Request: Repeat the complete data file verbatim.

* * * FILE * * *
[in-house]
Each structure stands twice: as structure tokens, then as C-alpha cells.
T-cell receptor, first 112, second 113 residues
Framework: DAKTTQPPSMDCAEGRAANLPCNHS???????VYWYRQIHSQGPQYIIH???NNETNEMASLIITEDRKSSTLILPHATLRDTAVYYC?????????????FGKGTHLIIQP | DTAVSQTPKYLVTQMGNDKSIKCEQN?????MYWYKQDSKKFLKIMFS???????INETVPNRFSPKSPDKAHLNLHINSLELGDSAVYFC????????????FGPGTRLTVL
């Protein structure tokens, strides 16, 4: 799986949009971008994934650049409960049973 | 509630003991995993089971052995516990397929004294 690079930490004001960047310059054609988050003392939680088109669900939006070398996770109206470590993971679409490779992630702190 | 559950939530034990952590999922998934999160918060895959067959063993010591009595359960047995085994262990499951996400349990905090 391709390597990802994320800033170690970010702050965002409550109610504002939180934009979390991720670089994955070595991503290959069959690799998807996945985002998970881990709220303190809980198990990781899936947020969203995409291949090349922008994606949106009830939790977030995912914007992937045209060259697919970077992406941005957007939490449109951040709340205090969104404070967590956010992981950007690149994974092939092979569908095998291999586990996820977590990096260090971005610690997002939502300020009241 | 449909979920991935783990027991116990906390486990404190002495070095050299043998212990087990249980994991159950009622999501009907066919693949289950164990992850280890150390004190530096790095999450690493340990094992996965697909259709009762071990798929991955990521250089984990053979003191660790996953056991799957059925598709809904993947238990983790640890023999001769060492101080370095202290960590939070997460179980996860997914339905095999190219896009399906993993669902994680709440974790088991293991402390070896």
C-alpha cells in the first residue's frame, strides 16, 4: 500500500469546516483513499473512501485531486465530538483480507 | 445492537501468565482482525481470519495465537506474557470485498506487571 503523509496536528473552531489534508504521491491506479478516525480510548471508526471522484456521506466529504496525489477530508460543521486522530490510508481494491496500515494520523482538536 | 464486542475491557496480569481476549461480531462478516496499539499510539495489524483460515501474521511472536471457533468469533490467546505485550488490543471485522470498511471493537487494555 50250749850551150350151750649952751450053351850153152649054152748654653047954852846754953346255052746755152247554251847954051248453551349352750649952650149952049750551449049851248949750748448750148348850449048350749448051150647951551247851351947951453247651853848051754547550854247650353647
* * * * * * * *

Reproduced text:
[in-house]
Each structure stands twice: as structure tokens, then as C-alpha cells.
T-cell receptor, first 112, second 113 residues
Framework: DAKTTQPPSMDCAEGRAANLPCNHS???????VYWYRQIHSQGPQYIIH???NNETNEMASLIITEDRKSSTLILPHATLRDTAVYYC?????????????FGKGTHLIIQP | DTAVSQTPKYLVTQMGNDKSIKCEQN?????MYWYKQDSKKFLKIMFS???????INETVPNRFSPKSPDKAHLNLHINSLELGDSAVYFC????????????FGPGTRLTVL
């Protein structure tokens, strides 16, 4: 799986949009971008994934650049409960049973 | 509630003991995993089971052995516990397929004294 690079930490004001960047310059054609988050003392939680088109669900939006070398996770109206470590993971679409490779992630702190 | 559950939530034990952590999922998934999160918060895959067959063993010591009595359960047995085994262990499951996400349990905090 391709390597990802994320800033170690970010702050965002409550109610504002939180934009979390991720670089994955070595991503290959069959690799998807996945985002998970881990709220303190809980198990990781899936947020969203995409291949090349922008994606949106009830939790977030995912914007992937045209060259697919970077992406941005957007939490449109951040709340205090969104404070967590956010992981950007690149994974092939092979569908095998291999586990996820977590990096260090971005610690997002939502300020009241 | 449909979920991935783990027991116990906390486990404190002495070095050299043998212990087990249980994991159950009622999501009907066919693949289950164990992850280890150390004190530096790095999450690493340990094992996965697909259709009762071990798929991955990521250089984990053979003191660790996953056991799957059925598709809904993947238990983790640890023999001769060492101080370095202290960590939070997460179980996860997914339905095999190219896009399906993993669902994680709440974790088991293991402390070896």
C-alpha cells in the first residue's frame, strides 16, 4: 500500500469546516483513499473512501485531486465530538483480507 | 445492537501468565482482525481470519495465537506474557470485498506487571 503523509496536528473552531489534508504521491491506479478516525480510548471508526471522484456521506466529504496525489477530508460543521486522530490510508481494491496500515494520523482538536 | 464486542475491557496480569481476549461480531462478516496499539499510539495489524483460515501474521511472536471457533468469533490467546505485550488490543471485522470498511471493537487494555 50250749850551150350151750649952751450053351850153152649054152748654653047954852846754953346255052746755152247554251847954051248453551349352750649952650149952049750551449049851248949750748448750148348850449048350749448051150647951551247851351947951453247651853848051754547550854247650353647